It feels like it's been forever since I've blogged, and really, it has been. I cannot believe the road trip was already almost 3 weeks ago....where does the time go?? I do apologize for the lag in posts, but I promise this one will be very thorough and entertaining. So, to start with, I definitely experienced post-road trip depression. Well, depression might be a strong word, but coming down from the road-trip high was hard. It was an incredible trip, and looking through the pictures during the next week made me fully realize how amazing it was. Part of what made the next week so hard too was that I had to spend the majority of the time researching for papers and presentations that I had to due in the coming days. So, most of my days were spent in Starbucks (with the free-wifi) or in the library, studying up on the Highland land problem in Scotland, African migration, and Celtic Civilization....all not bad topics, but for some reason, I have far less patience for work here then I do at Bowdoin, so all of it seemed tedious. It was fun though in a way to be doing it with all of my friends here...we got to spend lots of quality time together in and out of our study places.
March 8th--Argyll Adventure Weekend!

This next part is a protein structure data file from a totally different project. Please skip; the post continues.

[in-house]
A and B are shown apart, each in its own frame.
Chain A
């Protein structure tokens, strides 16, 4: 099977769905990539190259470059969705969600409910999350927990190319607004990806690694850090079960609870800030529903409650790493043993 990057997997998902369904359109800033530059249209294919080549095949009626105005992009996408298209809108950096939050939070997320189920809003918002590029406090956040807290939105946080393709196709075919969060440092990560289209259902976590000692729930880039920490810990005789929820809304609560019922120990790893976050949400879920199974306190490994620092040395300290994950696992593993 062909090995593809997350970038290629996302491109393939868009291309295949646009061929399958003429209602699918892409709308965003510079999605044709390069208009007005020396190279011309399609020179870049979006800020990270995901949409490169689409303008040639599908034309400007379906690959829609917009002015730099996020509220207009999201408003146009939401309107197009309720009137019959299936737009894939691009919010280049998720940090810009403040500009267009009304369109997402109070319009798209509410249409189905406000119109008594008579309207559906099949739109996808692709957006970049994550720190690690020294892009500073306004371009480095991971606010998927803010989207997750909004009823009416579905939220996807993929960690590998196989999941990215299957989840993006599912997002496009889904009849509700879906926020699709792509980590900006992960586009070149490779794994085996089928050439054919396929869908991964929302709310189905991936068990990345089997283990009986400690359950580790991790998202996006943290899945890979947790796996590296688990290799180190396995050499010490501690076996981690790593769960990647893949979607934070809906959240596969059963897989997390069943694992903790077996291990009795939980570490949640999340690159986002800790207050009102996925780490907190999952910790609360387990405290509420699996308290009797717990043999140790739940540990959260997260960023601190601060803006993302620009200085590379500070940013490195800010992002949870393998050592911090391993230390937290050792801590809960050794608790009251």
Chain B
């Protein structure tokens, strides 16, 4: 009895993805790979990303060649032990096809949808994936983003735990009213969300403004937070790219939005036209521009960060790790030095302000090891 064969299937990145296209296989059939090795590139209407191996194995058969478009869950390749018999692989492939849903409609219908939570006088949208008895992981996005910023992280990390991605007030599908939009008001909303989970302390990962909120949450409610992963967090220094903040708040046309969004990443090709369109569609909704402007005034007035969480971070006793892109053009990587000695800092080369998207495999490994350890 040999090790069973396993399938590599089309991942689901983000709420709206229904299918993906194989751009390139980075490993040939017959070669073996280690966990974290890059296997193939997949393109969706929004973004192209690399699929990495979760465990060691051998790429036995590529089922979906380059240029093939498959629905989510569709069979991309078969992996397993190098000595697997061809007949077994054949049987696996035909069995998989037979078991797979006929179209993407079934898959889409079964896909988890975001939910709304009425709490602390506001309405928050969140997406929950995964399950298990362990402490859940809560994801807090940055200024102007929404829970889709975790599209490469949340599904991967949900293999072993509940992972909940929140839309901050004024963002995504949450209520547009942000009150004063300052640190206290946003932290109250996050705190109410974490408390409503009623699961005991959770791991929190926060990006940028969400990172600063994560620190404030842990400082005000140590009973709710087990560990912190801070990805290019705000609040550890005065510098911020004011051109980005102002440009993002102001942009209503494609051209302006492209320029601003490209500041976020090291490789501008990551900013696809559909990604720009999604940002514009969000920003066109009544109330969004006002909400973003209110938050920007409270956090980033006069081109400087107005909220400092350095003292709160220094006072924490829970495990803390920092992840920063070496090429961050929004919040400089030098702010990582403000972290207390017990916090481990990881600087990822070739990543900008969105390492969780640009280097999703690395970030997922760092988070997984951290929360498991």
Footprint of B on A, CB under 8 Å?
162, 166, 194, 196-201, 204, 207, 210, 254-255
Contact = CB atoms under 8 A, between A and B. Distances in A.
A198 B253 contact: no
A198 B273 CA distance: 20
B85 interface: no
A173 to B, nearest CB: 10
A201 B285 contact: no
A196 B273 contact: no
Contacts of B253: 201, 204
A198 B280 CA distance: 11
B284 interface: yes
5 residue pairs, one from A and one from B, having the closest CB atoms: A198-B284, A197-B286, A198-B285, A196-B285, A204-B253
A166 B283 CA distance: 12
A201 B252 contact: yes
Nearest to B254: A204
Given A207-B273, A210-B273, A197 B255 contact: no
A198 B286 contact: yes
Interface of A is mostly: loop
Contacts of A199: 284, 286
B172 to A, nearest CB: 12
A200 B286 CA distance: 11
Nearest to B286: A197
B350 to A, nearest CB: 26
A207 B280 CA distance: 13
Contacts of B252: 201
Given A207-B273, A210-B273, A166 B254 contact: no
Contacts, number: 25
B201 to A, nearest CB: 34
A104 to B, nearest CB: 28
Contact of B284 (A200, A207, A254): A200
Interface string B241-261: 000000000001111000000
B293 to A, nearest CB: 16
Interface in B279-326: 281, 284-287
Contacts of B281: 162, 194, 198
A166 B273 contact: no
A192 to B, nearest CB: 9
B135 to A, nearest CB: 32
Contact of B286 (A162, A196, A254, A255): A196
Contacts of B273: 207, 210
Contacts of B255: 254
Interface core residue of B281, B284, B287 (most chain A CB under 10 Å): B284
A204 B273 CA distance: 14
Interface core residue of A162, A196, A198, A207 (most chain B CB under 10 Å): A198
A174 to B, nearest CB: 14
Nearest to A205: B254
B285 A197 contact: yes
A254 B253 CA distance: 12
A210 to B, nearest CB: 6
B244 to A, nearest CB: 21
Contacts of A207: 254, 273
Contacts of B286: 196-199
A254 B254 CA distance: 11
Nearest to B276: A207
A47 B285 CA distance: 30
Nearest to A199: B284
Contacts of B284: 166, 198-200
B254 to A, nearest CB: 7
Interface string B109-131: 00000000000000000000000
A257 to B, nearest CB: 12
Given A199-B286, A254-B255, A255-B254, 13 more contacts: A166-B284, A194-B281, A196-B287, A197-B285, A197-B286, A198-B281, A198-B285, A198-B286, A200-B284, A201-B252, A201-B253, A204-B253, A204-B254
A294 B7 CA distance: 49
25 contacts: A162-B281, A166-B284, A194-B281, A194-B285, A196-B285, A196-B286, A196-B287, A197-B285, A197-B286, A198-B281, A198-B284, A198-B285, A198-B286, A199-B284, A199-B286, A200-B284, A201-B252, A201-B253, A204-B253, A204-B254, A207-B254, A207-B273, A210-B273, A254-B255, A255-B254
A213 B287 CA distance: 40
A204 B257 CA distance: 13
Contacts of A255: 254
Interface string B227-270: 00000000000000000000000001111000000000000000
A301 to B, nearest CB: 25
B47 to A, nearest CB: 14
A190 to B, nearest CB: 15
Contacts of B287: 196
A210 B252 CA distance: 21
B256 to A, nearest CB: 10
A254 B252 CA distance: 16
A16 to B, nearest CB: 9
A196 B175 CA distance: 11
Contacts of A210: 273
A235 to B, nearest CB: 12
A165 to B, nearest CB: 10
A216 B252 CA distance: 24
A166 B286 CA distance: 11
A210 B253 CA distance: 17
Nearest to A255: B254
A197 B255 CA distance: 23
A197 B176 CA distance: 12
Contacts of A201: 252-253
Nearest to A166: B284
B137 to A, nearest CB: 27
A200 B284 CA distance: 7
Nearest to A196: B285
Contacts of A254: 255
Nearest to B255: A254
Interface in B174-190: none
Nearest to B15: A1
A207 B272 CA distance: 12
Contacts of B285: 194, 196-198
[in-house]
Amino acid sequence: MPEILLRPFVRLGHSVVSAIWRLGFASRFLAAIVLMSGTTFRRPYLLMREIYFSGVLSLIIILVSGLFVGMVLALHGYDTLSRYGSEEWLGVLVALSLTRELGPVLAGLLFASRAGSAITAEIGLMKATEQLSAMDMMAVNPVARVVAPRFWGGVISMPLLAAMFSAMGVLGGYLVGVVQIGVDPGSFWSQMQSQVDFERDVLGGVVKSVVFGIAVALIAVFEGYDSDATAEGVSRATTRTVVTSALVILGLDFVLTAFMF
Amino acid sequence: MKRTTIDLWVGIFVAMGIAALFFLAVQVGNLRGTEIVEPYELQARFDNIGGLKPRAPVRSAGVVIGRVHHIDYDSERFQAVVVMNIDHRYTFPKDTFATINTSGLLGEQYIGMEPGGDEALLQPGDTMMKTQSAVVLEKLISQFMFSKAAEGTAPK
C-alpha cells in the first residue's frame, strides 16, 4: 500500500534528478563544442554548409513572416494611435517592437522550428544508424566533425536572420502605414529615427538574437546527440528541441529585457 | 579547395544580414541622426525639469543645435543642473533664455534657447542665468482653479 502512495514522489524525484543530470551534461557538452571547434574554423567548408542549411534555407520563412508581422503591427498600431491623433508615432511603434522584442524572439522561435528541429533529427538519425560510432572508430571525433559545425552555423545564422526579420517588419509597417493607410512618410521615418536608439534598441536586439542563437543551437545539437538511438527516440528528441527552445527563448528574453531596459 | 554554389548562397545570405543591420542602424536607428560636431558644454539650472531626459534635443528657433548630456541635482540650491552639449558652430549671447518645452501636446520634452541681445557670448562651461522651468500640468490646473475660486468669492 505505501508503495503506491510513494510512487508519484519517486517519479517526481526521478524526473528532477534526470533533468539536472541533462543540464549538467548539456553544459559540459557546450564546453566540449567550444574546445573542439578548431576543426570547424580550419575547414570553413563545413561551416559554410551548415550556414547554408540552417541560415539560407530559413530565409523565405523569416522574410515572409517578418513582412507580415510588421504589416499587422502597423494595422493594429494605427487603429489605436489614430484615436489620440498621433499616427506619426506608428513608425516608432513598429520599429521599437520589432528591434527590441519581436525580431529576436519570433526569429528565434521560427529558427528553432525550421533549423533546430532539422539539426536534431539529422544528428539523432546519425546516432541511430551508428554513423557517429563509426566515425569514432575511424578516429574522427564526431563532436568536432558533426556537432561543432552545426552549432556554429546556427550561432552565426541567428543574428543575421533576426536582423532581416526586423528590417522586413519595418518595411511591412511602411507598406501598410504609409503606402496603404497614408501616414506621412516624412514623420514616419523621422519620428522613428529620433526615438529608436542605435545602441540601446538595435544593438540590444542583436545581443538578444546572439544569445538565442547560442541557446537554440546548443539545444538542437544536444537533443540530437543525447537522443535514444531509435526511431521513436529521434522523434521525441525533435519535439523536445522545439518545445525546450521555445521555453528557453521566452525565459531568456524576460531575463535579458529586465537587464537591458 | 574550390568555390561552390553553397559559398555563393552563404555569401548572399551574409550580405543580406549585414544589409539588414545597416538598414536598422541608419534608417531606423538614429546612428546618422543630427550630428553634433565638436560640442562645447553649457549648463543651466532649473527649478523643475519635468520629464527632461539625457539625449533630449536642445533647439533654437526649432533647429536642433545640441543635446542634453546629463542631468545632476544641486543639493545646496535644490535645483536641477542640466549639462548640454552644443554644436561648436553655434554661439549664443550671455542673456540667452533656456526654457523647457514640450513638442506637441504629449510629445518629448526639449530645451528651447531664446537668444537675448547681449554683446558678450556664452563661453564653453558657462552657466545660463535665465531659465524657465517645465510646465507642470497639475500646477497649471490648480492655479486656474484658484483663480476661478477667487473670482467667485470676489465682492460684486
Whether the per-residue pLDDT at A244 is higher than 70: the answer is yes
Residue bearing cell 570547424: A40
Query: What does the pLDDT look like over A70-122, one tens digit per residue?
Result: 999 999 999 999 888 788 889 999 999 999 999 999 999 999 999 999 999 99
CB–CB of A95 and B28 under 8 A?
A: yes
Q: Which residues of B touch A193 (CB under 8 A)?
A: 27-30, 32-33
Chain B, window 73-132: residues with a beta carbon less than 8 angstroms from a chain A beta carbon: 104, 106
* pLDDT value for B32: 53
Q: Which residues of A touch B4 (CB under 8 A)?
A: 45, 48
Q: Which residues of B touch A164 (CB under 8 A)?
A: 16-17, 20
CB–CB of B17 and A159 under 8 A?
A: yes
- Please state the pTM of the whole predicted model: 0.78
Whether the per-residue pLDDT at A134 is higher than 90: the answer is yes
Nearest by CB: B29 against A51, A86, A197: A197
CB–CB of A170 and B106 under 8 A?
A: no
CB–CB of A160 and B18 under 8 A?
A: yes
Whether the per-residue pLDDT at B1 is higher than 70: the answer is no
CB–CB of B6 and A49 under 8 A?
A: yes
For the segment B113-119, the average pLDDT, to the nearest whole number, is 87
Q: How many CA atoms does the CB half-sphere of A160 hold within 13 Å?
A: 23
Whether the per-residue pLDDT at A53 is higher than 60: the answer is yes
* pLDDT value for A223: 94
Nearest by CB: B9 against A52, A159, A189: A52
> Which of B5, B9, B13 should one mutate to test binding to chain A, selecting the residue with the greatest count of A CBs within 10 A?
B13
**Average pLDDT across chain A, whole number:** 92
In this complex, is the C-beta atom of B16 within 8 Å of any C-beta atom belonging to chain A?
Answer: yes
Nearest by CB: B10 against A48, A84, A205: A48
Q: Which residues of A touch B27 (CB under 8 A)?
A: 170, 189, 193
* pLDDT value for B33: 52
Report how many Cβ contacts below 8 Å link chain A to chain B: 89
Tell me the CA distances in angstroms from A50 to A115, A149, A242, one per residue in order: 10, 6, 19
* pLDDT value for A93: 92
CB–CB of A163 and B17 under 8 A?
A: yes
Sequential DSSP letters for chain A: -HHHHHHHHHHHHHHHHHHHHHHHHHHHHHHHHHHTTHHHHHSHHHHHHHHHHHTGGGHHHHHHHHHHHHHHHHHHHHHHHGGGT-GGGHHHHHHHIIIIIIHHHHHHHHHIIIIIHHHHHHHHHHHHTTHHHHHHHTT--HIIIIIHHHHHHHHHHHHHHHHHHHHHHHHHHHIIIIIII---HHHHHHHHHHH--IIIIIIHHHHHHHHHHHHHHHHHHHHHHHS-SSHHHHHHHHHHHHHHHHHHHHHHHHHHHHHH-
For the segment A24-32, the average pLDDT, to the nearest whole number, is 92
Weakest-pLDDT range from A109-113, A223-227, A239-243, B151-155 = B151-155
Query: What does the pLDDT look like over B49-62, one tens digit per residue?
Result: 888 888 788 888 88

The week really did fly by though...before we knew it, it was Friday, and we departed on our IFSA-Butler planned adventure weekend to Argyll--a west-coast island off the coast of Scotland. The trip was incredible. We started off on a big tour bus with a bunch of the kids from our program. Not everyone chose to go on this weekend (and if you ask me, they were crazy to miss it) so the bus wasn't completely full, but Emily, Carolyn, Natalie, and Nora were there, so the bus ride was a lot of fun. It was, of course, absolutely stunning scenery the entire drive. To get to the region we were going, we even took a ferry at one point! That was pretty cool, to be on a massive tour bus and have to take a boat out to our destination. Shortly after the ferry ride, we arrived at the big hostel we were staying at. It looked more like a castle; in fact, I'm fairly certain it was a castle at one point, converted to an outdoor center/hostel. It was huge, and it needed to be, because not only were the Edinburgh IFSA-Butler kids there, but so were all of the people studying in Glasgow, Edinburgh and Sterling. All and all, I think there were around 150 kids at this castle for the weekend! The first afternoon we were there was spent exploring the castle and being broken up into groups for the next days activities. After dinner, the heads of the hostel, who also happened to be our adventure/outdoor leaders for the rest of the weekend, gathered us all up (it felt slightly like summer camp) and told us that if we wanted to, we could go on a night walk. They did not tell us what the night walk entailed, but only told us we would not be walking a long distance, but to wear boots and a warm coat. SO, we all went...my friends and I ensured that we were in the same group, and we headed off on this mysterious walk. Little did we know what we were about to get into. About 5 minutes after walking through complete darkness, our leader stopped and told us that for the next hour, we would need to listen to our senses. He also told us to not let go of the rope. Literally, these were our only instructions. So, the girls and I, set off up this mountain that we were standing at the bottom of without being able to turn on any type of light or flashlight...we were single file, and we all had a hand on the rope. What followed was basically a test of how well we could all listen to each other, and how well we could lead ourselves through a wilderness route that took us up the base of a mountain and back down the other side. We traded off who was leading, because that was definitely the hardest job--not knowing what was coming in front of you, having to bump into branches and logs before you knew where you were going, and then relaying the information back to the girls behind you--was not an easy thing to do. The majority of the walk was a success...we all couldn't believe what we had gotten ourselves into, but it was so fun! However, mid-way down the downhill section of the walk, we hit a major mud pit. I'm talking MAJOR mud pit. We all tried to navigate it the best we could, but in the end, we couldn't tell how far the logs were apart from each other that we had to jump on, so we all ended up knee deep in this thick mud. Fortunately I was wearing tall wellies, so I survived unscathed, but I cannot say the same for Nora's tennis shoes. They are, currently, still in the mud pit, and Nora had to finish the walk without shoes. All and all, definitely another bonding experience for us, and quite the adventure.